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SCENE II

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Before the house of Ursula. Villagers have gathered after labour. Evening.

Ursula
 

Slowly, slowly up the wall,
Steals the sunshine, steals the shade,
Evening damps begin to fall,
Evening shadows are displayed.
Shafts of sunshine from the west
Paint the dusky windows red,
Paint the dusky windows red.
Underneath and overhead,
Darker shadows, deeper rest,
Deeper rest.

Evening Hymn

Chorus
 

O gladsome Light
Of the Father immortal,
And of the celestial
Sacred and blessed
Jesus our Saviour!

O gladsome Light
Of the Father immortal,
And of the celestial
Sacred and blessed
Jesus our Saviour!

Now to the sunset
Again hast Thou brought us,
And, seeing the evening
Twilight, we bless Thee,
Praise Thee, praise Thee,
Adore Thee, praise Thee,
Adore Thee, we bless Thee,
Praise Thee, we bless Thee,
Adore Thee.
Father Omnipotent!
Son, the life-giver!
Spirit, the Comforter!
Worthy at all times
Of worship and wonder!

Now to the sunset
Again hast Thou brought us,
Again hast Thou brought us,
And, seeing the evening
Twilight, we bless Thee,
Bless Thee, adore Thee.

During the last bars of the Evening Hymn, Prince Henry, at the door, sings "Amen".

Ursula
  Who was it said, "Amen"?
Elsie
  It was the Prince.
He is gone again.
Would I could do something for his sake;
Something to cure his sorrow and pain.
Ursula
  That no one can, neither thou nor I,
Nor anyone else.
Elsie
  And must he die?
Ursula
  Unless some maiden of her own accord
Offers her life for that of her lord.
Elsie
 

I will.

Ursula
  Foolish child, be still.
Elsie
  I mean it truly; for his sake
I will myself the offering make,
And give my life to purchase his.
Ursula
  My child, my child, thou must not die!
Elsie
  Why should I live? do I not know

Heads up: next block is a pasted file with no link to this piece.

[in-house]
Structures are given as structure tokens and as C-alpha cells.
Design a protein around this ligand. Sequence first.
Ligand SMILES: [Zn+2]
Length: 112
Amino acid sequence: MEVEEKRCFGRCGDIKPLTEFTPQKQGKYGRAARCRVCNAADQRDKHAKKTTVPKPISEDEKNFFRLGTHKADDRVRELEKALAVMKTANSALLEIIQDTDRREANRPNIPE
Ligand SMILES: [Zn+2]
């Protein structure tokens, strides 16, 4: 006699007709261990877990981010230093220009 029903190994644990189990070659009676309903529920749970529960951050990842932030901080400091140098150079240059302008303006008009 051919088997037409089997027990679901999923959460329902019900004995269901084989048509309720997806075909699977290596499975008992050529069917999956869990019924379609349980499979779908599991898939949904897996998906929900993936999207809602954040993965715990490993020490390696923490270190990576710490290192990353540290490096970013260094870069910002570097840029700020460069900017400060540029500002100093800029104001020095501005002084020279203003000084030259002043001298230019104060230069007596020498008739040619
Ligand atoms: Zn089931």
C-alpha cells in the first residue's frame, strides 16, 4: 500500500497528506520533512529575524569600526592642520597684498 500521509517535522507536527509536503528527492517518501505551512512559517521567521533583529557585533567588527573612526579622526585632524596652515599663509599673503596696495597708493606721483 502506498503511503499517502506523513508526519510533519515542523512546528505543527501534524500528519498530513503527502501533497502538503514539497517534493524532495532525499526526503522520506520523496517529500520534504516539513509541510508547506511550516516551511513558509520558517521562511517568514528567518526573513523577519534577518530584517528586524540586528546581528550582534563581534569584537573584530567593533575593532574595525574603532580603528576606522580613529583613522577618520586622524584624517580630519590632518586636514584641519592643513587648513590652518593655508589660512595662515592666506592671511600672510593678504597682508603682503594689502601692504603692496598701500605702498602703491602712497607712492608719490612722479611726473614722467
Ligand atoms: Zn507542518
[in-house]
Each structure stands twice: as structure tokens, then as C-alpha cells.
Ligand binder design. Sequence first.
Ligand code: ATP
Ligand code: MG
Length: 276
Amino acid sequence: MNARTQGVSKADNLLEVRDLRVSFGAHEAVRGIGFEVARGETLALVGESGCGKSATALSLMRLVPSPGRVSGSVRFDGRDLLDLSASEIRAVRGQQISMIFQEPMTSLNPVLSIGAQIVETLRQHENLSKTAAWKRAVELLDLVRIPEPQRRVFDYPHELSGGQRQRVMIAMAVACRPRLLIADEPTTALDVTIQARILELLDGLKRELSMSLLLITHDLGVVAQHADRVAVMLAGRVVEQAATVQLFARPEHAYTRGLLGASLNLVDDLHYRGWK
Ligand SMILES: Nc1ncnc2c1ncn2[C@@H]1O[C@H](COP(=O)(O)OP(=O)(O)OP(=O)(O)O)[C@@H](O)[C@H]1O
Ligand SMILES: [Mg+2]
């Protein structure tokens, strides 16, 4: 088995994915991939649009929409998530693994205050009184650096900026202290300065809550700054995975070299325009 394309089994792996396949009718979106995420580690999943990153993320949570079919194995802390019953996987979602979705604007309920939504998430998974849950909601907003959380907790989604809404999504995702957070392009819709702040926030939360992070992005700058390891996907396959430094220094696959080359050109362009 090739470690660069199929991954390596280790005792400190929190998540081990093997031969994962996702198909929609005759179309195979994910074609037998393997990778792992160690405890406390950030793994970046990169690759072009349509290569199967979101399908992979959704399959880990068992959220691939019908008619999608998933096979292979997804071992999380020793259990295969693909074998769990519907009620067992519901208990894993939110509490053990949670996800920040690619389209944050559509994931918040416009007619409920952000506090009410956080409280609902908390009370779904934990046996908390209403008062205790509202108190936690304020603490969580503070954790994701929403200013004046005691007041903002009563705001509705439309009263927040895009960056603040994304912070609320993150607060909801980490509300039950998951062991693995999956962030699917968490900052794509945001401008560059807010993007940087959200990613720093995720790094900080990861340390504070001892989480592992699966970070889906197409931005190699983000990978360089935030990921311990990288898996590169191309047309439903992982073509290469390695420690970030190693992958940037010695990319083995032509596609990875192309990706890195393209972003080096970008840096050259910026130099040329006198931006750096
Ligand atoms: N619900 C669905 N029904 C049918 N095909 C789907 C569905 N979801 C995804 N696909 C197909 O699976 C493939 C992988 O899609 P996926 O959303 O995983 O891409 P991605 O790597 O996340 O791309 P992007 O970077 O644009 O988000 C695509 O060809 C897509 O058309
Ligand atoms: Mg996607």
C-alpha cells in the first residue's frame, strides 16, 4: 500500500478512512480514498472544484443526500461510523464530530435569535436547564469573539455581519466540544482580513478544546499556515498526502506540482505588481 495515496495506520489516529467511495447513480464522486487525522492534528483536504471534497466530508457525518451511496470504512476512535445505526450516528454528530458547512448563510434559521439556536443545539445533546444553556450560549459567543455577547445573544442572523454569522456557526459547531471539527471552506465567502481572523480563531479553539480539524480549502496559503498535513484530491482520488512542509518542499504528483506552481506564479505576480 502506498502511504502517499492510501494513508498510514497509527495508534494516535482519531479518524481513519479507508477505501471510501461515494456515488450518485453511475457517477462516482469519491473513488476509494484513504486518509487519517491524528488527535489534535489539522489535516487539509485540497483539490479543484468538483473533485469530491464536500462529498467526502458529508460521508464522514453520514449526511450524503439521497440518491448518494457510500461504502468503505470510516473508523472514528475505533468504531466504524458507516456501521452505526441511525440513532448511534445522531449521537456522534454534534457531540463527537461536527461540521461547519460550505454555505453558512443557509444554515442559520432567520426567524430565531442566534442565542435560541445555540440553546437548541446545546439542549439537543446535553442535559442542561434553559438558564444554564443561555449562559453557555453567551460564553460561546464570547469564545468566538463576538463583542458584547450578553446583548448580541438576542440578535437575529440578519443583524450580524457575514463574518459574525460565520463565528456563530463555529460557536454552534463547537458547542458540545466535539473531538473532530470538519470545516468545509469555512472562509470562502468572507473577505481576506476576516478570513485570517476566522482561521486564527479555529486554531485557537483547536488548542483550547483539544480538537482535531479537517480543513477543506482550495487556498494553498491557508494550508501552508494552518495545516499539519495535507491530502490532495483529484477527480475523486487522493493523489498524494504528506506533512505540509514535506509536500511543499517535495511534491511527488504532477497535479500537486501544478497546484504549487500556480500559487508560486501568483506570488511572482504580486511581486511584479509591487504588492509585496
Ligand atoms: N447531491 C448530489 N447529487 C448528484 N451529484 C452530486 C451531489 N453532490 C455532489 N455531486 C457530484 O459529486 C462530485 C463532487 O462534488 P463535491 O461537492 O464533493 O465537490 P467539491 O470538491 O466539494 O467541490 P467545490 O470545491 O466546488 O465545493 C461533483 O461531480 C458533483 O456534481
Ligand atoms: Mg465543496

The life of woman is full of woe?
Toiling on and on,
With breaking heart and tearful eyes,
And silent lips, and in the soul
The secret longings that arise,
Which this world never satisfies!
Ursula
  Ah, woe is me! ah, woe is me!
Alas that I should live to see
Thy death, beloved, and to stand
Above thy grave.
Ah, woe the day, ah woe the day,
Ah, woe the day!
Elsie
  Thou wilt not see it. I shall lie
Beneath the flow'rs of another land,
For at Salerno, far away,
Over the mountains, over the sea,
Far away, far away,
It is appointed me to die.
Ursula
  In God's own time, my heart's delight,
When He shall call thee; not before.
Elsie
  I heard him call. When Christ ascended
Triumphantly from star to star,
He left the gates of Heaven ajar.
I had a vision in the night
And saw him standing at the door
Of His Father's mansion, vast and splendid,
And beckoning to me, from afar.
Ursula (entering the house)
  What if this were of God! Ah! then
Gainsay dare I not. Amen.

Elsie (left alone) Elsie prays
  My Redeemer and my Lord,
I beseech Thee, I entreat Thee,
Guide me in each act and word,
That hereafter I may meet Thee,
Watching, waiting, hoping, yearning,
With my lamp well trimmed and burning.
If my feeble prayer can reach Thee,
O my Saviour, I beseech Thee,
Let me follow where thou leadest,
Let me, bleeding as Thou bleedest,
Die, if dying I may give
Life to one who asks to live;
And more nearly
Dying thus, resemble Thee,
O, my Saviour,
Let me die, if dying I may give
Life to one who asks to live,
And dying thus, dying thus,
More nearly resemble Thee,
O my Saviour,
My Redeemer and my Lord.

Prince Henry enters.

  My life is little —
Only a cup of water
But pure and limpid;
Take it, O my Prince!
Let it refresh you,
Let it restore you,
May God bless the gift.
Chorus of Angels
  Amen.
Prince Henry
  And the giver!
Chorus of Angels
  Amen.

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Date modified 5 January, 2010 Copyright © 2010 The Gilbert and Sullivan Archive All Rights Reserved